I doubt Michael Bay remembers much about this shoot. Frankly, it was pretty uneventful. Bay looked young and intense. He wasn’t much for small talk. Or maybe he didn’t have a lot to say to ad agency strangers. (Can’t blame him for that.) It was just another job. In a few days, we’d all part ways. Done and done.

And ‘Action’

Come the first shoot day, I was surprised at how much production equipment was on hand. Per usual, we had plenty of HMI lights, c-stands and sandbags. Also, we had a massive camera crane.

Looking Up – Crane shot to find fire escape couple.

The first shot was a 2nd story fire escape with a young couple eating Crunch ‘n Munch. Bay choreographed a slow, upwards swoop of the camera to find the couple. Granted, the camera move looked cinematic, but the allotted screen time for the scene was only about 2.5 seconds. We’d never be able to use the full length of the shot.

Not to worry, Michael said. He was shooting some extra coverage for his own edit, which was fairly common with directors. I shrugged okay and kept the client away from the camera.

Beachin’ – Crunch ‘n Munch sparks romance.

A few hours later, we headed to the beach, where the crew set up long dolly tracks. Again, the camera glided gracefully to settle on a different young couple frolicking in front of a lifeguard boat, holding a Crunch ‘n Munch box. With each take, I counted the seconds it took for the dolly move to finish. Every one of them ran long. Still, the talents’ action looked good, so I figured we’d cut into the shot towards the end.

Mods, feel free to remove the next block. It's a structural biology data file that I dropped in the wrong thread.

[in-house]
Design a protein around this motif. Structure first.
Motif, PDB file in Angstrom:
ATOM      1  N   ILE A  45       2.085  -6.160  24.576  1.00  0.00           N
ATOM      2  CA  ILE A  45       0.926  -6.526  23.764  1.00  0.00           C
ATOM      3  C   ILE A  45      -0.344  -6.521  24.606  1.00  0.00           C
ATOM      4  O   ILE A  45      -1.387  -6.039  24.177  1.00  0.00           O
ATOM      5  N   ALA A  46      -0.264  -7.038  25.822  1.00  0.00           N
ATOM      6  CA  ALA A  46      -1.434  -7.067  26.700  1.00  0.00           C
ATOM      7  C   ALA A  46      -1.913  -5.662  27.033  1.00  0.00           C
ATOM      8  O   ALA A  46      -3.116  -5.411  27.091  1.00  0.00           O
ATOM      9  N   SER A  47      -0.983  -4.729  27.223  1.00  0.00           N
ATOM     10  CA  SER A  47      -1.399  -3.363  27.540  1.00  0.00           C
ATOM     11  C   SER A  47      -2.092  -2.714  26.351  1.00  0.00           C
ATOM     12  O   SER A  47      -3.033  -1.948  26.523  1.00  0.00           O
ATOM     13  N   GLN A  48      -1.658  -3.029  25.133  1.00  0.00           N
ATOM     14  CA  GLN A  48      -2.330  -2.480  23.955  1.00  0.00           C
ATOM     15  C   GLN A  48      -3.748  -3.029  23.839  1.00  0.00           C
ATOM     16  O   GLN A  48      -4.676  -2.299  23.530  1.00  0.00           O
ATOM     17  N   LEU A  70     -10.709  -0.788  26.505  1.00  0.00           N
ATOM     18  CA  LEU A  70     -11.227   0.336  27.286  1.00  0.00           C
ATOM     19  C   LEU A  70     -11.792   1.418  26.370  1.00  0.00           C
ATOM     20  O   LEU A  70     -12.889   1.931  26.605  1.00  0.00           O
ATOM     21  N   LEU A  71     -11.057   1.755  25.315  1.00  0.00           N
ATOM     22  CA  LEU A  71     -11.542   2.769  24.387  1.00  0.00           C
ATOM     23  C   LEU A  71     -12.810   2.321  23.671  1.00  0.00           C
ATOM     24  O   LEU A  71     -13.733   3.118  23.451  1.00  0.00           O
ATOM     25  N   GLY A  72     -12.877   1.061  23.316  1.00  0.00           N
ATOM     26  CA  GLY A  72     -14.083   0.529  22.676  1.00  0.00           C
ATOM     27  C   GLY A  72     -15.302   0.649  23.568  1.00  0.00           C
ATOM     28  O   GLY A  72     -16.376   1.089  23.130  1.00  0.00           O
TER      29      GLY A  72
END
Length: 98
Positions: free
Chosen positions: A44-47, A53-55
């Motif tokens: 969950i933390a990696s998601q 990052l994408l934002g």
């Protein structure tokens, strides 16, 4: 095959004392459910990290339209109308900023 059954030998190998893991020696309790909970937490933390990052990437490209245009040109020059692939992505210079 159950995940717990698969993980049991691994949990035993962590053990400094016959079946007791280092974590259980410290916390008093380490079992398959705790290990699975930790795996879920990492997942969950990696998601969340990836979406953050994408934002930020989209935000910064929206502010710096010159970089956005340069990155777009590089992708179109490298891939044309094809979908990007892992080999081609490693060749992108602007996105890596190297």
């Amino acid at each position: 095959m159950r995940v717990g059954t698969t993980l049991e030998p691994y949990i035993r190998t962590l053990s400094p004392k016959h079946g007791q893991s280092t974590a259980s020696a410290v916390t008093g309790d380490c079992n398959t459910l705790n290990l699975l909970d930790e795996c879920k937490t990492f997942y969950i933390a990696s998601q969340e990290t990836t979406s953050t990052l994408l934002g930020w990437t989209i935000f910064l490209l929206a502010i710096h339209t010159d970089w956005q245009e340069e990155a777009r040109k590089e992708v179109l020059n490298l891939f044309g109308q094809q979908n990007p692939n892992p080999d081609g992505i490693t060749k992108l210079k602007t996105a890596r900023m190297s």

Devil his due, Michael marched through the day’s shot list, one setup to the next. The only disagreement came late on the 2nd day in Venice Beach. We were scheduled to do a vignette with twin girls. And the client decided to nix the scene.

Fresh popcorn tumbles down the rollers.

I went to tell Michael, but he brushed past saying he couldn’t talk right now. He was losing the light and needed to get the shot off. Okay, I thought. It was his call, but we weren’t going to use it. (And we didn’t.) Still, Michael was in his zone, focused and determined. I, on the other hand, was ready to knock off for the day.

Shooting Commercials vs. Shooting Music Videos

There’s an unspoken reality in copywriting: You can write 50 scripts for each TV spot that eventually gets produced. That’s a lot of storyboards. And a lot of time spent staring at a stopwatch.

You only get :30 seconds. So you become acutely aware of the passing of time. Every precious tick of the clock. Often, the client insists you stuff many thoughts into a single commercial, so you have to organize your script carefully to accommodate everything.

Writing commercials is all about compressing time. Collapsing entire stories into :30 seconds. (Or even :15.) You crush it.

Music videos are the opposite. They’re all about stretching time. Trying to figure out how to extend your footage to cover off a three minute song – and keep it visually interesting.

That’s no easy task. Music video budgets are often leaner than an undernourished groupie. And there’s only so many times you can cut back to the drummer twirling his sticks with a heavy-lidded, stoner grin. Riveting.

For a while, it seemed every film school grad padded their reel with music videos of unknown baby bands. In turn, so did many old-school directors who didn’t want to get left in the dust.